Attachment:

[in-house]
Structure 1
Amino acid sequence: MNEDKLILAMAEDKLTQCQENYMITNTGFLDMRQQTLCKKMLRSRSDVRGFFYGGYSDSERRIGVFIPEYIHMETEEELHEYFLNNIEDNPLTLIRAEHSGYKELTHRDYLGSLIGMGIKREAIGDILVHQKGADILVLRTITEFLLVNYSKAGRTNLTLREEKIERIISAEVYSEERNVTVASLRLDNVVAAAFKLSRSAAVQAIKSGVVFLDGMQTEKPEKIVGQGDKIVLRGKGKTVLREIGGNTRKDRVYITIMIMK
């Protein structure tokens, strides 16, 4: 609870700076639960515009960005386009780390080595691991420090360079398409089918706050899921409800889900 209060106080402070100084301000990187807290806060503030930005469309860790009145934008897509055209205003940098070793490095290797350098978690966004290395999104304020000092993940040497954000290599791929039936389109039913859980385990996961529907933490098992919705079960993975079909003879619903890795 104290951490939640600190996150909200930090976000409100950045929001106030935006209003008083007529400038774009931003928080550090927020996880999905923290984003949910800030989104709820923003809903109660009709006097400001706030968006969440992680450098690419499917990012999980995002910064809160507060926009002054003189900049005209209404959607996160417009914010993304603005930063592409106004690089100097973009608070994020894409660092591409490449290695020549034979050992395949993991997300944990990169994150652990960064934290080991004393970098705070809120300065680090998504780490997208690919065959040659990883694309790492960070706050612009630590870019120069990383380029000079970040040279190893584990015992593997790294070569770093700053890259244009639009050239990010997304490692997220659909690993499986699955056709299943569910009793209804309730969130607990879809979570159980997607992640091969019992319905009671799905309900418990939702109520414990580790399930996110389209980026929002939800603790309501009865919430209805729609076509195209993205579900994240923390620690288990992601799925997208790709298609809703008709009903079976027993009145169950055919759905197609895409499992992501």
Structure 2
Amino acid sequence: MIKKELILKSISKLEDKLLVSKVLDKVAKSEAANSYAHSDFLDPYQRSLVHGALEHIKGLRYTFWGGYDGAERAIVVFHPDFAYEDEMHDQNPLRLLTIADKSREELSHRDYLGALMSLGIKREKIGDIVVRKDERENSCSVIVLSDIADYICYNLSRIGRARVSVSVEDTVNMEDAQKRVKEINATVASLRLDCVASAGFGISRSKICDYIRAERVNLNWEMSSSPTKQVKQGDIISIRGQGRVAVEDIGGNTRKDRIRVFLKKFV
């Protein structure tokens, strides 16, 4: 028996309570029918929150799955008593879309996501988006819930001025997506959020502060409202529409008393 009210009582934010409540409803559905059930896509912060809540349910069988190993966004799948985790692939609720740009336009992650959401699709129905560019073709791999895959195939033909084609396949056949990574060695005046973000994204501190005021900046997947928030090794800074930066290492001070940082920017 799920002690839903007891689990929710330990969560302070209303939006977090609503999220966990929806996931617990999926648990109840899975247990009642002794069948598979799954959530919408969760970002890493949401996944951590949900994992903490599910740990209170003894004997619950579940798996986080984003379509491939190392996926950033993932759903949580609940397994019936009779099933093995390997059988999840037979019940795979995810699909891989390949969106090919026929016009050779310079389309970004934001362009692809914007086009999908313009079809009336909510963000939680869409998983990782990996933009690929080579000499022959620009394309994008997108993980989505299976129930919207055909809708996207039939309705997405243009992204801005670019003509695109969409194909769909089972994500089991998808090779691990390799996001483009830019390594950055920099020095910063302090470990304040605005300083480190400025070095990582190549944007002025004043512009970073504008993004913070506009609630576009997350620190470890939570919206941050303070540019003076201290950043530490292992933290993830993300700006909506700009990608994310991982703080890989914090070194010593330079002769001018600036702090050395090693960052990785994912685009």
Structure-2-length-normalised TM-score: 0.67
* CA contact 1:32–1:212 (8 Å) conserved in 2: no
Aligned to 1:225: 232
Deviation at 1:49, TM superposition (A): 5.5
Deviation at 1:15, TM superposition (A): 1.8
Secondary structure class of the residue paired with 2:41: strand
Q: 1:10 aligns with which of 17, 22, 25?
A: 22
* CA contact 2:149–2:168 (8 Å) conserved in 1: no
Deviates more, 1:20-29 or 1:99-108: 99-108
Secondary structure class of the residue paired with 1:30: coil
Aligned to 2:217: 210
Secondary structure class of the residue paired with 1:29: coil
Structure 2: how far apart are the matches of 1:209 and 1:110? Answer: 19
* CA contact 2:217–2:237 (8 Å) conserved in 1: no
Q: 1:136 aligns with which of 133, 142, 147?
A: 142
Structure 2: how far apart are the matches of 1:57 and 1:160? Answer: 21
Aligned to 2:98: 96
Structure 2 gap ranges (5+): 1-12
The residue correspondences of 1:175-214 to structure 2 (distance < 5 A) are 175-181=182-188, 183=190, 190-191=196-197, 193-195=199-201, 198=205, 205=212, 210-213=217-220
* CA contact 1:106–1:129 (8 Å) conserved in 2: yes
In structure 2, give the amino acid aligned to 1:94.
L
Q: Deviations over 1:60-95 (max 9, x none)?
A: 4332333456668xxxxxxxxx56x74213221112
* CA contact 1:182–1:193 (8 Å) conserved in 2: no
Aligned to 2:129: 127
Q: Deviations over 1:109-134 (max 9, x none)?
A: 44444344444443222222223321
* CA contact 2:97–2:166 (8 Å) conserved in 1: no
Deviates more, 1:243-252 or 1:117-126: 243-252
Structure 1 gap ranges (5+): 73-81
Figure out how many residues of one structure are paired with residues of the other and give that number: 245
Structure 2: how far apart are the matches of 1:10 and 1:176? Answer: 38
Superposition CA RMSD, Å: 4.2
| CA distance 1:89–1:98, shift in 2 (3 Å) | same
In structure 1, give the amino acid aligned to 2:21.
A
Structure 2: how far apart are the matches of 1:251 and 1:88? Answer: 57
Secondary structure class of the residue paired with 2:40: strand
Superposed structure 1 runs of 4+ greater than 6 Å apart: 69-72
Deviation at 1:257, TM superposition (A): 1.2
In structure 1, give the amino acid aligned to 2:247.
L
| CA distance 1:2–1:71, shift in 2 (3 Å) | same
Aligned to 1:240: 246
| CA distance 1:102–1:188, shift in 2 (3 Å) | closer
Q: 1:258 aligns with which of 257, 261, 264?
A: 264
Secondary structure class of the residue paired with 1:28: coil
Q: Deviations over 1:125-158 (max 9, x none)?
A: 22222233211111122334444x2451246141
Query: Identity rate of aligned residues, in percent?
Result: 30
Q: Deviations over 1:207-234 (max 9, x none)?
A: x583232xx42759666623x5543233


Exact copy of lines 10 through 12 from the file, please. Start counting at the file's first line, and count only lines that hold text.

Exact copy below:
Aligned to 1:225: 232
Deviation at 1:49, TM superposition (A): 5.5
Deviation at 1:15, TM superposition (A): 1.8